Cookies help us deliver our Services. By using our Services, you agree to our use of cookies. Learn More.

The Best Action Movies Of 2021

"Action movie" is an expansive term encapsulating a wide range of sub genres, as well as sub-sub genres. 

For example, the Indiana Jones films are action and so is "Atomic Blonde," and those are two wildly different types of movies. What both movies have in common, however, is a penchant for delivering scene after scene of exhilarating and joyous to watch stunts, fight choreography, and the occasional explosion peppered in for good measure. Superheroes make action, so do giant monsters, and so does a highly-trained good guy wearily dispatching swarms of would-be assassins. It's a big tent.

After a year of closed theaters and delayed releases, action fans entered 2021 clamoring for adrenaline rushes. Movie studios were ready, as they were locked, stocked, and barreled with new shoot 'em ups, superhero throw downs, sweeping sci-fi epics, a monster mash and so much more. For fans clamoring to see someone shooting guns or dropping a flurry of fisticuffs, here's a list of the best action movies released in 2021.

Zack Snyder's Justice League

In March of 2021, after years of rallying cries from fans calling upon Warner Bros. to #ReleaseTheSnyderCut, director Zack Snyder's original vision (and then some) for the Justice League's first live-action film made it to the screen. 

Following the 2017 release of the Franken-movie that Joss Whedon oversaw after Snyder had to step down, no one knew what to expect from this new take on the original vision. The end results were strong, including more fleshed out story arcs for each member of the titular team and a villain with more relatable motivations — but the flick truly delivered in its action scenes.

To die-hard Snyder fans, impressive action sequences are no surprise, but for anybody who hadn't seen his particular brand of artfully framed, gleefully ridiculous action in a while, "League" was a reminder of what the man does best. 

His love for slow motion and broad storytelling combined to create action scenes that looked lifted directly from comic panels. Whether it was the Zeus duel with a younger Darkseid, Steppenwolf palming a warhead and tossing it away one-handed, or Flash turning back time, Snyder's eye for action is singular.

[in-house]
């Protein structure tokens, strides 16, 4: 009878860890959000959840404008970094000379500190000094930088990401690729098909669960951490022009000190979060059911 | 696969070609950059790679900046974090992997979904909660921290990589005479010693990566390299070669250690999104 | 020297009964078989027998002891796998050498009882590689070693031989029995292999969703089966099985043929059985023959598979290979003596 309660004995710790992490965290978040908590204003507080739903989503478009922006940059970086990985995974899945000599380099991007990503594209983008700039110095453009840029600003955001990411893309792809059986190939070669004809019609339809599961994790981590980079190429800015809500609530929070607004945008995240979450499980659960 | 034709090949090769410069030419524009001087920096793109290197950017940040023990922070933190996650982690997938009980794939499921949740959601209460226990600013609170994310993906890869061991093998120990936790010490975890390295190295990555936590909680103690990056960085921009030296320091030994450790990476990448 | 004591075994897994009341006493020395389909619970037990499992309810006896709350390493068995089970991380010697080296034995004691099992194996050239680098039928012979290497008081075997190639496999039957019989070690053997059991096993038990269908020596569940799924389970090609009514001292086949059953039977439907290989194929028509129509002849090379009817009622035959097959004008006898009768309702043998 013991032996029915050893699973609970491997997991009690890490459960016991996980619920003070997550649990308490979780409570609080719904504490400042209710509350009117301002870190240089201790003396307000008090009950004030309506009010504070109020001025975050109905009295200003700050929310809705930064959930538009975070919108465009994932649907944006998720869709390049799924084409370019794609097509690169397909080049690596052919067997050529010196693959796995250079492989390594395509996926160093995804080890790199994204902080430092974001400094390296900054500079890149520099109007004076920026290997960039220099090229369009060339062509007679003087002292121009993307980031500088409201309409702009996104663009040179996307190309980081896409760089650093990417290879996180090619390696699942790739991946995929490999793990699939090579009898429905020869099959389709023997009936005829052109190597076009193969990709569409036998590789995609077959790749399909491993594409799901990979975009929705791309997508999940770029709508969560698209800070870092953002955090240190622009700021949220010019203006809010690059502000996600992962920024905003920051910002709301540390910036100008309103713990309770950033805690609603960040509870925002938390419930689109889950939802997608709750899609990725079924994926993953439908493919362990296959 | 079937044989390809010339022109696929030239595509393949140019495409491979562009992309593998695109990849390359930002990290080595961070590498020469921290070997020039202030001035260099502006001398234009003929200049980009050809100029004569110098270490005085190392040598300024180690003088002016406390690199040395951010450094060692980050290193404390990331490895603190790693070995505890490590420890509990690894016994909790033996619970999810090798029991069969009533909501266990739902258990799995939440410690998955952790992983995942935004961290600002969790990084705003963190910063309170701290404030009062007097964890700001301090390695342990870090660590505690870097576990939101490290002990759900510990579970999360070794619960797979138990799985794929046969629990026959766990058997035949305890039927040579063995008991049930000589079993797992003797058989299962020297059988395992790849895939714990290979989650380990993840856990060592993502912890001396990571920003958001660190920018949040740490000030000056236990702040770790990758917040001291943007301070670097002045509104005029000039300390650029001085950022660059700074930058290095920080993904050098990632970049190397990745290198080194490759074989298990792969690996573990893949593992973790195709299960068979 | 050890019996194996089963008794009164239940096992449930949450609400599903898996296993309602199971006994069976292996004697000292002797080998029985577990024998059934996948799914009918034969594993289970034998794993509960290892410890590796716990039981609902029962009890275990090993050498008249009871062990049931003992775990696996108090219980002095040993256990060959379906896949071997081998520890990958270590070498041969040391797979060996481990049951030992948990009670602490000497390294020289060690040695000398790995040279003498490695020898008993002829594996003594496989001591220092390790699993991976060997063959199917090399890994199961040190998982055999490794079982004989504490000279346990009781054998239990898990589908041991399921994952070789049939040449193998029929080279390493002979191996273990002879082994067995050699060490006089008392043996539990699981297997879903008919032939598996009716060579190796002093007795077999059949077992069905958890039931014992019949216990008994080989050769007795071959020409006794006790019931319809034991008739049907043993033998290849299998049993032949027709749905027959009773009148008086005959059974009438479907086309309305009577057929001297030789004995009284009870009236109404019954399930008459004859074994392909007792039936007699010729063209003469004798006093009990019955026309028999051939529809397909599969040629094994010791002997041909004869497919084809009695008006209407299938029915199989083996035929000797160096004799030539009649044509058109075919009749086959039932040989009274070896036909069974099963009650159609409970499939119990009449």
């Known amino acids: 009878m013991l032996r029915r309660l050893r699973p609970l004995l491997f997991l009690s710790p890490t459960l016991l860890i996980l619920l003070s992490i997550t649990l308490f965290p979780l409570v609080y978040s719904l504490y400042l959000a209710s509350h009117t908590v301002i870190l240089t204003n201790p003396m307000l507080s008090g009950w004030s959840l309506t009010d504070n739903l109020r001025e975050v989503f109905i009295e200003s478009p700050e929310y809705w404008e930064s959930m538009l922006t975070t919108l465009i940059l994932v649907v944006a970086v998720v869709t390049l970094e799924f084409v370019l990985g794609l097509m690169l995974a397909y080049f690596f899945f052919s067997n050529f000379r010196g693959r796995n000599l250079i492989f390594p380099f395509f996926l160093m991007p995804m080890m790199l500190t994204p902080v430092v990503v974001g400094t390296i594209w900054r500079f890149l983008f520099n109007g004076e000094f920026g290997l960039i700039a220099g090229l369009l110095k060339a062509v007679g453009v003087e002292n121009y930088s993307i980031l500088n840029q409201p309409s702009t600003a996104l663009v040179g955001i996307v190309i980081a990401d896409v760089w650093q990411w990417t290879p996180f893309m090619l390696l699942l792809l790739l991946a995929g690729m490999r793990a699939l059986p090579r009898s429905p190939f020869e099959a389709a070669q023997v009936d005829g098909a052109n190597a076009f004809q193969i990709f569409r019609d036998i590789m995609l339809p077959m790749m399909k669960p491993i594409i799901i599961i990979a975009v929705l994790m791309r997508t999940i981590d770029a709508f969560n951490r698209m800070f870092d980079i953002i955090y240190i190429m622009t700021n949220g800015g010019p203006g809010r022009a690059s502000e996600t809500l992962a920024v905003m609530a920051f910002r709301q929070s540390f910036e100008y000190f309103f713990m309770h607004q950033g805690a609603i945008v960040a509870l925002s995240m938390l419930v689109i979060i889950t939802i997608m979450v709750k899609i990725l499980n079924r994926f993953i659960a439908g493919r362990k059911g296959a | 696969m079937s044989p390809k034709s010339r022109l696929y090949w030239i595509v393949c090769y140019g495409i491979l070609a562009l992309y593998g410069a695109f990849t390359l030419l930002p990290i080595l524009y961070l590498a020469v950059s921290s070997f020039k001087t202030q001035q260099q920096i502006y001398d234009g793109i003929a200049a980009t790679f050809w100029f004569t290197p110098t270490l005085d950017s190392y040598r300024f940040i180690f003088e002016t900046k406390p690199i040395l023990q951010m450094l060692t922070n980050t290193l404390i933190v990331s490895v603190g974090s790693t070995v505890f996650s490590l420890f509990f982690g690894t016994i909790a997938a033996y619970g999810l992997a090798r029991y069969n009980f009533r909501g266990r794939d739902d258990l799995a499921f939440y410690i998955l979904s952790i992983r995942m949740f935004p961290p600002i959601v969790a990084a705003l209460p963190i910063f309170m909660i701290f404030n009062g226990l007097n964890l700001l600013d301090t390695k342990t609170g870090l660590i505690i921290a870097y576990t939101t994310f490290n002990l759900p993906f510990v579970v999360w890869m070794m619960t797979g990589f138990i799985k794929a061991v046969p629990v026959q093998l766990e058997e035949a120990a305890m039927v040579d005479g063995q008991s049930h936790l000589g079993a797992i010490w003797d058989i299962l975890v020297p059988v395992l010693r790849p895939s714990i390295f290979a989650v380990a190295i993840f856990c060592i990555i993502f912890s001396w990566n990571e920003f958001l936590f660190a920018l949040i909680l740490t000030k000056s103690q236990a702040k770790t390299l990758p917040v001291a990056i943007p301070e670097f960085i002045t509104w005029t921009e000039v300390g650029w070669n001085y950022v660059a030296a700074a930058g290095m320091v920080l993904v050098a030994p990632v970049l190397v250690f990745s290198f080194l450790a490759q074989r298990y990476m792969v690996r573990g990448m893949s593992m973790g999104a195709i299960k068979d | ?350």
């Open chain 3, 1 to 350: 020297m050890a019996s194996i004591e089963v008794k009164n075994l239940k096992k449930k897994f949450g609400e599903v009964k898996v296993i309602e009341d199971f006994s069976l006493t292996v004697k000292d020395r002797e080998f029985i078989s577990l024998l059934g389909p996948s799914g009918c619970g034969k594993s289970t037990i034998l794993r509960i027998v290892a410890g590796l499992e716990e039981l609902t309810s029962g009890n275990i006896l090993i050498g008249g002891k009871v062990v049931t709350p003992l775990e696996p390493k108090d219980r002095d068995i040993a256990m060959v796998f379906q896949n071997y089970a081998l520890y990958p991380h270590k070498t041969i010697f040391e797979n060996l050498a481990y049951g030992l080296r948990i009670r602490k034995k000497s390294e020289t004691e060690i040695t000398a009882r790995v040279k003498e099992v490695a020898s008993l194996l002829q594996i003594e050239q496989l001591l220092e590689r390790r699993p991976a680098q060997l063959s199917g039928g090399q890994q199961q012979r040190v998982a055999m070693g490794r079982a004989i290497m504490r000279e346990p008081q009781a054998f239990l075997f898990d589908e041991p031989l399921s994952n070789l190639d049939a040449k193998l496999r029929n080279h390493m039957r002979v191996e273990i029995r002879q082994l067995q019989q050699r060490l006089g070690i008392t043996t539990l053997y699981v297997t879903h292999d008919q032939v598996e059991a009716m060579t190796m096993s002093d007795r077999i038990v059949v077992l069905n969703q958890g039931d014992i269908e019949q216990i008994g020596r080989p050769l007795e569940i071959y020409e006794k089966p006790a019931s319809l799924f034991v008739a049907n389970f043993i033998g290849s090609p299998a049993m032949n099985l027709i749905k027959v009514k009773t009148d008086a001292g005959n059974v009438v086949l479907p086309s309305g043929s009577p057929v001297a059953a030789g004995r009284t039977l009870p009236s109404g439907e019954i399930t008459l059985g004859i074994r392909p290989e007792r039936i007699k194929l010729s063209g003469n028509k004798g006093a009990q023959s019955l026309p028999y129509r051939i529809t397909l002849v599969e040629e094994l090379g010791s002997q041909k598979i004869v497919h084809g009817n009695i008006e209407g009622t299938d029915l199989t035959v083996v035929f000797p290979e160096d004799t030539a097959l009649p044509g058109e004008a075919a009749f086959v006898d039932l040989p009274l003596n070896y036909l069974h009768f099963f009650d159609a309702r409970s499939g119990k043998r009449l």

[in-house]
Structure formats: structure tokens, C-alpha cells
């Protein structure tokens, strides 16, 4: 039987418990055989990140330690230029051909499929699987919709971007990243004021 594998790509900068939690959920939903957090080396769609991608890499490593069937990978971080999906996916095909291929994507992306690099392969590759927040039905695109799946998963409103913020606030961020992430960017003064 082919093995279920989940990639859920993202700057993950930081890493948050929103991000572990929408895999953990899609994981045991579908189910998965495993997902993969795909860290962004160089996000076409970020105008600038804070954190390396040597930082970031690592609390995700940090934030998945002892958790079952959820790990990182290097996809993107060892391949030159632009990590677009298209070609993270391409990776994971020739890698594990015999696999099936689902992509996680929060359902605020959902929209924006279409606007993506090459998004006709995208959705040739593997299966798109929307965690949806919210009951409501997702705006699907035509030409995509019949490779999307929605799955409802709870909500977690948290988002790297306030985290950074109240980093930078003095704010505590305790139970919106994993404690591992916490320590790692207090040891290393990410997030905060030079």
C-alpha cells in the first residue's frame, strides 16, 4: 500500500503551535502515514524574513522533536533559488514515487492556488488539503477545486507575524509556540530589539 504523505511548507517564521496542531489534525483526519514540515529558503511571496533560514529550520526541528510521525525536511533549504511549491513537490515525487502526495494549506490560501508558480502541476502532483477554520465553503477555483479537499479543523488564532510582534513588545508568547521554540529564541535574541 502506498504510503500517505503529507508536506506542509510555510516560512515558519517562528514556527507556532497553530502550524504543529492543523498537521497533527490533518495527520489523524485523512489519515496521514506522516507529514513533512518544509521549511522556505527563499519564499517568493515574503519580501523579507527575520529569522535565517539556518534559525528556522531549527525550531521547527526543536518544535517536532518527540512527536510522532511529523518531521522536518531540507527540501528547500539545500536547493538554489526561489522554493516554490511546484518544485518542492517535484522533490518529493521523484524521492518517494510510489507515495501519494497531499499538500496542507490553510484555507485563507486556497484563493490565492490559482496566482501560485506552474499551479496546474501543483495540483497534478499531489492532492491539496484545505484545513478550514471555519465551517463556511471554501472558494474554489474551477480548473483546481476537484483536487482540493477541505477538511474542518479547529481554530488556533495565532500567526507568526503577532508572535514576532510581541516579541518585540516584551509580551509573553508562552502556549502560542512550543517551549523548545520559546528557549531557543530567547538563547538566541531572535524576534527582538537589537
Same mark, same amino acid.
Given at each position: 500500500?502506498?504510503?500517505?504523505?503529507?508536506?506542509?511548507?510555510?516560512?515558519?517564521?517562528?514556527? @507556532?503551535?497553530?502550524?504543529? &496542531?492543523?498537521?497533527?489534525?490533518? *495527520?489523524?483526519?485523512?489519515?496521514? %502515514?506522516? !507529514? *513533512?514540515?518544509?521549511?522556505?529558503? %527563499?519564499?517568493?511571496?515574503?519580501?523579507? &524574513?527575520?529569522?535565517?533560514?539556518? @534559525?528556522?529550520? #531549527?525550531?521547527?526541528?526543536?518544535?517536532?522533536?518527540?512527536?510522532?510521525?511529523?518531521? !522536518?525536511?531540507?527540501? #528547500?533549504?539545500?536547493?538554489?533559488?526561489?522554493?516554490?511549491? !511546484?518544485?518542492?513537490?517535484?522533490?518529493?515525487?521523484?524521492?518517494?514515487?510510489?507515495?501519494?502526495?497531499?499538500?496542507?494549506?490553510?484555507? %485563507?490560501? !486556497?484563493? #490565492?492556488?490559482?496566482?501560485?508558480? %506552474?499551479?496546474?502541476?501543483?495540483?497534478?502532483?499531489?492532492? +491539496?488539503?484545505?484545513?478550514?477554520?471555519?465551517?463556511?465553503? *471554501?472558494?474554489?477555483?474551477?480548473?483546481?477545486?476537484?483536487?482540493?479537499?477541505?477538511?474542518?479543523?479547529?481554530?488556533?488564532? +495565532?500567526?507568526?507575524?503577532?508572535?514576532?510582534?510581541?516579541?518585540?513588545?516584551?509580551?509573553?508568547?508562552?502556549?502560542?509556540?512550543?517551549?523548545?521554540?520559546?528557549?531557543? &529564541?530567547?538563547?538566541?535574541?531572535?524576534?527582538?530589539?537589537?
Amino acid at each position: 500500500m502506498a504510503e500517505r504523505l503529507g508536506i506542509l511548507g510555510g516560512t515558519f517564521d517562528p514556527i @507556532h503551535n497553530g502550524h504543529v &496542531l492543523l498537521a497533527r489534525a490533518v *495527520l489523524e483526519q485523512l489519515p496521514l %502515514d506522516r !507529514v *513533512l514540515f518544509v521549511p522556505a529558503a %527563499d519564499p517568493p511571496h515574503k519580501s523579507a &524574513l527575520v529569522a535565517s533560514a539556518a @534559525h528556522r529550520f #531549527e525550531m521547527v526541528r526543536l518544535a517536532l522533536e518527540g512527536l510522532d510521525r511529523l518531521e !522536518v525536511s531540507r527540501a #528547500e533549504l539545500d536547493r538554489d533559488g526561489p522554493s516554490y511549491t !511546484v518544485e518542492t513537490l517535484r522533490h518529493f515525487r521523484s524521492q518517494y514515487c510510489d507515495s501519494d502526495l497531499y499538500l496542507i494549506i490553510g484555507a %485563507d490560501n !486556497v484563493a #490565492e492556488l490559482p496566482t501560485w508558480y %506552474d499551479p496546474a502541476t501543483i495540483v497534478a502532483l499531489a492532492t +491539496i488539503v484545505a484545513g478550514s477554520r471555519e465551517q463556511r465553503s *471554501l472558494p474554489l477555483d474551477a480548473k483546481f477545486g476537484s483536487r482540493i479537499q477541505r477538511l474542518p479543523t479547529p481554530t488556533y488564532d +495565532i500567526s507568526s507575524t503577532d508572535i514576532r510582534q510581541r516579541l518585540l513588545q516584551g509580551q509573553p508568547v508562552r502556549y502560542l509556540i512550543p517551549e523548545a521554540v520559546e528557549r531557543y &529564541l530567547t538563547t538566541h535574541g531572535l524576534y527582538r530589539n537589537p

Godzilla vs. Kong

What's in a name? For fans of these particular monster franchises, the title promised a smackdown decades in the making. 

The set up was simple: Godzilla attacks humans unprovoked, so humans call upon Kong to lead them to a source of energy that can defeat him. During the journey, the Terror of Tokyo (and once upon a time, Matthew Broderick) crosses paths with the eighth wonder of the world and they throw down to see who gets to be king of the monsters.

While the movie received mixed reviews, predominantly for some thin human storylines, critics have largely praised its Kong on Zilla action. 

Director Adam Wingard's previous movies, "You're Next" and "The Guest," both featured impressive genre melting pots and effective action scenes. Wingard's greatest success in "Godzilla vs. Kong" was finding the right balance between monster mash and fight scenes plotted out well enough to make every punch, bite, and nuclear breath blast count. Also, Kong wielded a battle axe during a beautifully fluorescent backlit throwdown in Hong Kong. 

Some critics have taken issue with plotting or character development, but in this movie that's just not the point. Like Ken Watanabe's Dr. Ishiro Serizawa once said, "Let them fight."


Action pictures, with their recognizable conventions, stock characters, and similar plot mechanics, can oftentimes feel upon release like a newly-erected diner. Fans know the menu, know what they like, and know what they're not ordering. 

So when a movie like "Nobody" comes along, any fan of the genre knows they're in for a certain meal (or viewing experience). Produced by half of the "John Wick" brain trust (David Leitch) and starring funny man (and quietly brilliant actor) Bob Odenkirk, "Nobody" proved to be certifiably awesome.

Odenkirk opened eyes as a put-upon suburbanite stooge hiding a very, very particular set of skills. If the premise sounds familiar, it's because it is. 

However, "Nobody" brought such relish to what's it was attempting, from performances to fight choreography to plot construction, that it stood out in the long line of middle-aged-men-punching-people franchises that came before it. Most of that success was due to Odenkirk — who, in a stroke of genius, played protagonist Hutch Mansell like a recovering addict who has gleefully broken sobriety, but with .... you know ... violence. 

Throw in a shotgun-wielding Christopher Lloyd and rifle-toting RZA as Hutch's back-up, and action fans found a rare movie that transcended formula while simultaneously leaning into it.

Shadow in the Cloud

WW2 is having a bit of a genre moment. More than likely kicked off by the popularity of the "Call of Duty World at War" Nazi zombie hidden game, movies blending extreme war violence with even more intense sci/horror action have become a bit of a cottage industry in the past few years — think 2018's "Overlord" or "The Outpost" franchise. What makes "Shadow in the Cloud" unique to this niche category (and other action movies released this year) is its perspective and focus on the women in the war effort.

"Shadow" told the story of Chloe Grace Moretz's Flight Officer Maude Garret, and the confidential transport mission that had her hitching a ride on a B-52 bomber flying between South Pacific islands in Japanese occupied airspace.